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Prevent Alzheimer's disease - 9 neurologists super Tips

Prevent Alzheimer’s disease – 9 neurologists Tips

Alzheimer’s disease is the most common form of dementia. It is characterized by memory impairment, speech disorders, and functional limitations in simple daily activities.

The disease is due to the accumulation of harmful proteins

in the brain and begins to develop many years before symptoms occur. Since there is no cure for the disease, one can easily realize that the importance of prevention is enormous.

Some of the measures that experts recommend and that are proven to provide protection against Alzheimer’s are the following:

1. Enjoy enough sleep

Sleep helps to “cleanse” the brain of proteins that contribute to Alzheimer’s, according to a recent study in the review Brain.

“We must not ignore the importance of sleep,”

says Dr. Gayatri Devi, professor of neurology and neurologist at a New York hospital. “Personally, I prioritize sleep and consider it one of my most important activities,” he adds. Traditionally, experts recommend adults 7-9 hours of sleep each night.

2. Say “yes” to social events

Social people who maintain a wide circle of friends and acquaintances are more protected from Alzheimer’s and other forms of dementia. A study by researchers at Harvard University, published in the American Journal of Psychiatry JAMA Psychiatry, has shown that loneliness is a possible risk factor for Alzheimer’s disease.

“There is an inherent value in social inclusion,”

comments Dr. David Knopman, a neurologist at the Mayo Clinic in the United States and a member of the American Academy of Neurology. “People who are more socially active are more optimistic and generally have a more positive attitude towards life,” he adds.

3. Love learning

The level of education but also activities such as reading and learning foreign languages ​​create a “mental reserve” that helps the brain to “resist” the neurological damage caused by Alzheimer’s.

“The effect of education on the brain is very strong,”

says Dr. Knopman.

4. Make your own things

Crafts, knitting, repairs, and home remedies are some of the ways to keep your brain active and help it constantly learn new things. Other activities that “sharpen” the mind are cooking, creative writing, and gardening, according to a report by the World Brain Health Council (GCBH).

“If there is a problem at home, for example, with the phone or the plumbing, I try to fix it myself,”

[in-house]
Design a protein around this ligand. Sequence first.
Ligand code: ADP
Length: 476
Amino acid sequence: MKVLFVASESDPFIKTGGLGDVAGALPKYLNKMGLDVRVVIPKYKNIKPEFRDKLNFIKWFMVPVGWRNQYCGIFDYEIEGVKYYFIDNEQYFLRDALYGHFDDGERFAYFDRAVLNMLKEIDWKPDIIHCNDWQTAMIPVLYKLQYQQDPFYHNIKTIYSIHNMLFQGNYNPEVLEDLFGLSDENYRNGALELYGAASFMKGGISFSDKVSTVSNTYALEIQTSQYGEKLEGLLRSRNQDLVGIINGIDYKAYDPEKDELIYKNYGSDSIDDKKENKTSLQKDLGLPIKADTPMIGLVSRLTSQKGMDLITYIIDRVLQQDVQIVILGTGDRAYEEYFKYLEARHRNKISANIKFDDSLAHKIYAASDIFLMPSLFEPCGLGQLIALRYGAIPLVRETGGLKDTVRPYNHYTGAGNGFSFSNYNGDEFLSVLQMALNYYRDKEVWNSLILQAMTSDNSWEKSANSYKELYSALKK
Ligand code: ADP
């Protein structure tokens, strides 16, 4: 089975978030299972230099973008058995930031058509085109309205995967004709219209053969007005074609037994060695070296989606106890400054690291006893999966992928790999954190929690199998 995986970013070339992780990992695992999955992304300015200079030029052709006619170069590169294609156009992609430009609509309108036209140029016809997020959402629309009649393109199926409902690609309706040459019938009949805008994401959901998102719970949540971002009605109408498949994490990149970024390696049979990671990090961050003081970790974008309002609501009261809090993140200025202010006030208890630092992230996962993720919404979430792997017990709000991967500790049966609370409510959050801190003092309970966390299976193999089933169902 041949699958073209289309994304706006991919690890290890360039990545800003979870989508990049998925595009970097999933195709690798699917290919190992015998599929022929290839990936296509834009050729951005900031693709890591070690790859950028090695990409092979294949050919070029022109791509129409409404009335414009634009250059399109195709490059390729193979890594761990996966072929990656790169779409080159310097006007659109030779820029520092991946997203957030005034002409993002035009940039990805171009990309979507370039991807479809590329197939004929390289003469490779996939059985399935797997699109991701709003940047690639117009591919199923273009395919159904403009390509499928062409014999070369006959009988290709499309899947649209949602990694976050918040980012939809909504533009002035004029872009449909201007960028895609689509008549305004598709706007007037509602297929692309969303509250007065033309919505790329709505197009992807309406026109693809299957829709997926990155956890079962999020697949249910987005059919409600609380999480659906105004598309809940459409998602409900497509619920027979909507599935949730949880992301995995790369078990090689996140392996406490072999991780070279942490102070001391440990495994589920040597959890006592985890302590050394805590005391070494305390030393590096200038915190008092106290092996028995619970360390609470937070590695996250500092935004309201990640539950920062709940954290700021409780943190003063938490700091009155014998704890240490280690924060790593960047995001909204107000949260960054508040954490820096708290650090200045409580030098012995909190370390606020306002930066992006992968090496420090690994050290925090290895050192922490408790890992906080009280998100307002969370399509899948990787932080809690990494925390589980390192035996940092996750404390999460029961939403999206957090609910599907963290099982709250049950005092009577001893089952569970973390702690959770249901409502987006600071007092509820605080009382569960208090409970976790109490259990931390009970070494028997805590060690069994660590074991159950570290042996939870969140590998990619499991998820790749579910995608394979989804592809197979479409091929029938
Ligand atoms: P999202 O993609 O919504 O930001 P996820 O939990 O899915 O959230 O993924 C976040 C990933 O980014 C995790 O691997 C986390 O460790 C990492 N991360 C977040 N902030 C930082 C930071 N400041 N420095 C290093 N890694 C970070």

says Dr. Devi. “It’s good for my brain to look for solutions to such problems.”

5. Stay physically active

Regular physical exercise is essential for good brain health.

According to research data, people who exercise are up to 45% less likely to develop Alzheimer’s.

The effect of exercise on the brain is both direct and indirect. “When you are physically active you burn more calories and thus are less likely to become obese and enjoy better cardiovascular health,” explains Dr. Knopman. Obesity and poor cardiovascular health are key contributors to Alzheimer’s.

6. Put in your life turmeric

Curcumin, the active ingredient contained in the spice, acts against inflammation in the brain and helps to maintain the proper functioning of nerve cells. Although research into the exact effects of curcumin is still early, Dr. Devi says the findings are promising.

7. Deal with stress

Chronic stress contributes to the manifestation and development of Alzheimer’s. Stress triggers the release of a hormone called cortisol, which is linked to memory impairment. “Treating stress ensures lower levels cortisol and at the same time improves the utilization of sugars, which are essential ‘fuel’ for the brain,” says Dr. Devi.

8. Try the MIND diet

This is a combination of the classic Mediterranean diet and the DASH diet and is specially designed to prevent dementia. It is based on whole grains, vegetables, nuts, lean meats, and fish. As reported by Dr. Knopman always recommends to his patients a diet rich in fruits and vegetables, which ensures a balance in the consumption of foods from different food groups.


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